Detroit Regional Chamber > Small Business > Protecting Small Businesses from the Impact of Retail Crime

Protecting Small Businesses from the Impact of Retail Crime

April 24, 2024

U.S. Chamber of Commerce
Original Air Date: September 19, 2023

Across the country, small businesses are feeling the effects of retail crime, with over 50% falling victim just last year. Statistics show small business owners believe the matter is only getting worse, making it more important than ever to find a solution to support entrepreneurs nationwide and promote a safe marketplace for all.

During the U.S. Chamber of Commerce’s Retail Crime event, former District Attorney of Erie County, NY, and Chair of the Board at the National District Attorneys Association, John Flynn, discussed the impact of retail crime on small businesses and shared methods entrepreneurs can implement to protect themselves and their customers.

Who Is Involved in Retail Crime? 

Retail crime has been on the rise in recent years, yet some believe district attorneys are unwilling to address the issue — whether due to political reasons or a lack of budget and resources. However, according to Flynn, these district attorneys are “few and far between.”

“There are hundreds of district attorneys across the country who do take [retail crime] seriously, who are prosecuting these crimes, and who are out there to support the business community and keep our streets and our stores safe,” Flynn explained.

To fight back against crime, Flynn believes it’s important to identify the suspects and act accordingly, citing three types of individuals who are generally involved in retail crime:

  • Multi-national criminal organizations, such as the Mafia, cartels, and crime families.
  • Low-level organized crime, such as a group of acquaintances who plan a theft together, but on a smaller scale.
  • An individual with a mental health or drug problem who steals to support their vice or habit.

“We, as district attorneys, need to treat [each case]… differently because there are three different entities [committing retail crimes],” Flynn said.

Despite Headlines, Violent Crime May Not Have Increased Proportionally

Nationwide, government agencies and local communities have been working together to create retail crime task forces. According to Flynn, his local force meets monthly to discuss cases from various stores county-wide.

“We try to target the repeat offenders and… get them off the streets,” Flynn said. “It’s very organized from our standpoint, and it’s very deliberate in what we’re trying to do from a law enforcement perspective and… a communication perspective working with our local businesses and… local retailers.”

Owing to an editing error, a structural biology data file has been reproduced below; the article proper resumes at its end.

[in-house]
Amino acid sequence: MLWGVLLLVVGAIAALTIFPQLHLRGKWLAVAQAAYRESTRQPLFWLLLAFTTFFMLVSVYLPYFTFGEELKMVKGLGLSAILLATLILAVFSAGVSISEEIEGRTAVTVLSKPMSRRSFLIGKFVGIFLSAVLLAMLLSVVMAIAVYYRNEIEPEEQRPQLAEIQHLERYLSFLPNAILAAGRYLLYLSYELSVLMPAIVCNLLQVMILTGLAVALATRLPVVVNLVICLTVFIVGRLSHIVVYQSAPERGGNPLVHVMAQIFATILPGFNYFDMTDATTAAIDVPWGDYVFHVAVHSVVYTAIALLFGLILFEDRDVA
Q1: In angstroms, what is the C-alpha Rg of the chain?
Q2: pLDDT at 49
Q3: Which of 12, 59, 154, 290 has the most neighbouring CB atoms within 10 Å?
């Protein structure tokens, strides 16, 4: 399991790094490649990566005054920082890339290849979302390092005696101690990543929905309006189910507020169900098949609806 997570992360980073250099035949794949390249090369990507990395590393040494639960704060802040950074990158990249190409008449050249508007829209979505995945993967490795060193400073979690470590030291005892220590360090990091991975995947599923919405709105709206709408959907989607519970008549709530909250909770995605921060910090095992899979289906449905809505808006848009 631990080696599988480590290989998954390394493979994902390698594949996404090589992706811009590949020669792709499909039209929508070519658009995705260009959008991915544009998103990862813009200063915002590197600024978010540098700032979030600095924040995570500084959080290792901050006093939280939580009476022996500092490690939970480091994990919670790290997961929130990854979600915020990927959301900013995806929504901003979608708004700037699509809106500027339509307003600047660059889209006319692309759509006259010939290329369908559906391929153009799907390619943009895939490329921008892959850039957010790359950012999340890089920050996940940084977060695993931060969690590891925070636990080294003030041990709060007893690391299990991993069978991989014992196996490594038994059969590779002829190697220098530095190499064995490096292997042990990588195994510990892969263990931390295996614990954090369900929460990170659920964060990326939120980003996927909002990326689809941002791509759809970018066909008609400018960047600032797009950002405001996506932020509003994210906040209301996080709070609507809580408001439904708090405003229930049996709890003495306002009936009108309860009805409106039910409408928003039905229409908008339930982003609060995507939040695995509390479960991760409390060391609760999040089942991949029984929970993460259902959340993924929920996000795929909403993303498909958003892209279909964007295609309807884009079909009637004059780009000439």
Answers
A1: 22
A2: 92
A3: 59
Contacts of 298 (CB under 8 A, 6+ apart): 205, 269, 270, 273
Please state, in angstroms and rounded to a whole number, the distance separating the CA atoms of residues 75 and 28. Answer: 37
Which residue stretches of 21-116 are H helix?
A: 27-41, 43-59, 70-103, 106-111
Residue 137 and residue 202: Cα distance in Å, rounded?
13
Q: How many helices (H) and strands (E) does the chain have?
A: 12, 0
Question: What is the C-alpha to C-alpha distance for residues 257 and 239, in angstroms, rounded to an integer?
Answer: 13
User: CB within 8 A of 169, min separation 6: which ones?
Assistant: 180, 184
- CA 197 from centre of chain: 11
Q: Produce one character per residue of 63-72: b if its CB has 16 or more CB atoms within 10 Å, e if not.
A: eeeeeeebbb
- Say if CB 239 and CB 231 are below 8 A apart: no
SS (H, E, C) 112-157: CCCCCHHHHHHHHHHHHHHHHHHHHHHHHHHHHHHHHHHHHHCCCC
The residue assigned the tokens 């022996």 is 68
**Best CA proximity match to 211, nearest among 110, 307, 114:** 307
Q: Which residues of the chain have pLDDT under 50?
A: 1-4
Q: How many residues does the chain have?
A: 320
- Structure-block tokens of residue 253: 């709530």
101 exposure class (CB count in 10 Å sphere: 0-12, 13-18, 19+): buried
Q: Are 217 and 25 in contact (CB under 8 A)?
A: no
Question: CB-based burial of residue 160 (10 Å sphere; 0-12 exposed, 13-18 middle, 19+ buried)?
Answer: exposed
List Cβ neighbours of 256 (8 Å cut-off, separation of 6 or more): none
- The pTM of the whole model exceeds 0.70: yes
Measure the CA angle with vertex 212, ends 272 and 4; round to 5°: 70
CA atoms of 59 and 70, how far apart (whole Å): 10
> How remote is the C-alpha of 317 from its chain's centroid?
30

Through these meetings, Flynn has learned of retail crime trends from second-hand accounts. With this insight — and despite common rhetoric — he believes there hasn’t been an increase in violent retail crimes overall; rather, we are now more aware of these crimes and their ensuing violence.

“You’re seeing more violence because you’re seeing more… retail crimes,” Flynn said. “From a proportional standpoint, I’m not sure that there is more actual violence happening per actual theft. You’re just starting to hear more about it because there’s more underlying theft — and if there’s more underlying theft,… more violence [will] occur.”

In the event of a violent crime or repeat offenders, Flynn noted that district attorneys are increasing penalties and charges levied against suspects, backed by newly implemented policies such as the INFORM Consumers Act.

Creating a Task Force in Your Neighborhood Can Keep the Community Safe

For local businesses who would like to see comprehensive community task forces implemented in their area, Flynn emphasized that communication is key.

“Whatever jurisdiction you’re in, whatever town or village or city where your business is located,… you need to have a direct link to that police department, and your loss prevention officers need to be in communication with that local police department to let them know what’s going on,” he elaborated.

Flynn also encouraged good recordkeeping, suggesting business owners save any videos that depict a retail theft, as they could be used by the task force for long-term strategizing. However, he warned against putting employees, such as loss prevention officers, at risk in the event of a crime.

“For the safety of your employees, if you do decide to let [a suspect] go, then I recommend that you have someone follow them out in the parking lot and try to get a license plate,” Flynn advised. “…[or] try to do something to catch where they’re going and what car they get into.”